For first-timers, a five-mile stroll along Copacabana and Ipanema beaches — Rio de Janeiro’s two most fabled sand parentheses — will stir up feelings even in those who have long and unironically listed “walks on the beach” as a favorite pastime.
Such reactions may range from counterfactual nostalgia (“Imagine coming of age in a place like this”) to cultural aha moments (“Bossa nova makes so much sense now”) to medium-term reverie (“What are the rules on Brazil’s digital-nomad visa again?”).
More than 20 visits in, I still turn some kind of emotional every time I return to Rio and set foot on the boardless boardwalk where the vast majority of this stroll takes place. Brazilians call such a beachfront sidewalk the “calçadão,” but forget pronouncing it and focus on its official sound: a thousand flip-flops slapping the wave-patterned Portuguese pavement.
The route is simple: Walk along the first beach, cut inland briefly to skirt a rocky peninsula, and then walk along a second beach. Stop for refreshment at the countless kiosks along the way. As the desire strikes, turn left for a dip in the water or right for an urban foray.
Start midafternoon on a sunny day — the Rio beach scene under gray skies is like Italy during a pasta shortage. Weekends are good, December to February summer weekends are better, and Sundays are ideal, as the city closes the adjacent beachfront avenue for throngs and thongs of promenading locals.
Sneakers or flip-flops will do, but please no sandals with socks: Rio de Janeiro beaches accept all body types and locals are accustomed to touristy foibles like baggy bikinis and gringo skin broiled to the color of juicy shrimp, but even they draw the line somewhere. Take sunscreen, a credit card — wireless tap to pay is nearly ubiquitous, even at street vendors — and keep your smartphone buried in your pocket. (This is one stretch of Rio where tourists can walk by day in relative safety, but still.) No need for a step counter; keep track of progress by the lifeguard posts (postos) along the way, numbered 1 to 12.
Start at the northernmost end of Leme Beach (which soon becomes Copacabana), taking the time to stroll out to “Fisherman’s Path” along the rocks to say hi to the bronze statue of Clarice Lispector, one of Brazil’s great 20th-century novelists, or to actual, potentially more responsive, fishermen. Then pass the scene around Posto 1, with young people sunbathing and playing altinha, the show-offy, keep-the-soccer-ball-in-the-air game.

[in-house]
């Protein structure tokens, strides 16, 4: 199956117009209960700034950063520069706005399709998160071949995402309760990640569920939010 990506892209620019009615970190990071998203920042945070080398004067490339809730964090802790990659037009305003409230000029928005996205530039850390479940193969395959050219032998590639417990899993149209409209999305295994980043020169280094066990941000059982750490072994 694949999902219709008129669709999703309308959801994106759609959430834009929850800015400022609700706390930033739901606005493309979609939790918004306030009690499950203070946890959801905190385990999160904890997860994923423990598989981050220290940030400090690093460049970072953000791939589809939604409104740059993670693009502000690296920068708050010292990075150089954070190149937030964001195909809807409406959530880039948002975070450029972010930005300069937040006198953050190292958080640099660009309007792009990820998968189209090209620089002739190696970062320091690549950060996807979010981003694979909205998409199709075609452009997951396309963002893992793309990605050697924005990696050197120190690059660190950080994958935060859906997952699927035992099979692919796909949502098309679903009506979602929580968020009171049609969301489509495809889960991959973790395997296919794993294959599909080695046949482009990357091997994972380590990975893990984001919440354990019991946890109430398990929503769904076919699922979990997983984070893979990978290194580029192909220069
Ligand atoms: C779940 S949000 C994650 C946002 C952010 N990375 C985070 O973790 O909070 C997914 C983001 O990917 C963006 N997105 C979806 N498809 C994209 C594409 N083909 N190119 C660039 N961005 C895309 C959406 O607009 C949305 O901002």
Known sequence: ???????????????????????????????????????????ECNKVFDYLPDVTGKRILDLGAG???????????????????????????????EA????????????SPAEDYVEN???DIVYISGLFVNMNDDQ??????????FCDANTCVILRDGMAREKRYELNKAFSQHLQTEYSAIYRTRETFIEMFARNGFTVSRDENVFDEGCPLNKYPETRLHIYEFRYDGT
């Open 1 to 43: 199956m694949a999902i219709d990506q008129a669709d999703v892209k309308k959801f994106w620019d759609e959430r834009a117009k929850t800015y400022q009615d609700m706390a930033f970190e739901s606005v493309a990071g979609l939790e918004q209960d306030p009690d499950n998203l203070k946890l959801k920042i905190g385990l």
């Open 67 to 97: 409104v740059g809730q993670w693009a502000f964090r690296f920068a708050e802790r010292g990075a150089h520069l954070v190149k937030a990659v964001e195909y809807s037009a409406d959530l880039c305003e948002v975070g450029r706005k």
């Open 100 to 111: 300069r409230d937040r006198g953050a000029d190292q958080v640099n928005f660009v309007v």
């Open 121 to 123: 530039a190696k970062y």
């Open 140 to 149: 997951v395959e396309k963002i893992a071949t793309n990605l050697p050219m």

Posto 2 means you’re in Copacabana, at once touristy (because of the hotels) and diverse (thanks to public transportation). It’s crackling with energy, foot volleyball, sand sculptures and one notable non-sand sculpture of Ayrton Senna, the championship Formula 1 driver who holds near-Pelé status around here. Stop and stare at the Copacabana Palace, the French Riviera-inspired hotel, opened in 1923 and still classing up the beach.
Not far past Posto 6, your first beach comes to an end at Fort Copacabana. Cut across on Francisco Otaviano Street for three-plus blocks, ducking through a park to Arpoador Beach — known best for morning surfers and late-afternoon sunset applauders, but also home to a charming little peninsula-top park.
Between Postos 7 and 8 is your next bronze statue, the guitar-toting Tom Jobim, composer of (what else) the bossa nova classic “Girl From Ipanema.” If it’s a Sunday, detour one block to General Osório Square for crafts at the Hippie Market, then head toward the finely sculptured human specimens near Posto 9. This might be the time to take a break on the sand — a friendly neighborhood beach chair renter will magically appear.
If you haven’t left the beach yet, consider turning right on Rua Vinícius de Moraes (named for the lyricist of “Girl From Ipanema”) onto the posh Ipanema neighborhood’s main drag for either ice cream at Vero or an icy guava juice or grilled sandwich at Polis Sucos.
Then cut back to the beach and cross the canal and you’re in the mellower (even posher) stretch known as Leblon. From the end of the beach, climb the short but winding road to the lookout point or, even better, head inland to join the local crowd at Boteco Boa Praça and order a chopp: There’s a lot more of Rio to get to, but there’s no Rio at all without an icy, foamy draft beer at the end of a beach day.
Distance: Five miles
Difficulty: Easy, because it’s almost entirely flat, but you’ll get hot and sweaty on a sunny day.
Time to walk: Two and a half to three hours, with lingering.
Good for kids: Probably not the best bet for young children given the length, and the fact that they’ll probably be more interested in playing on the beach.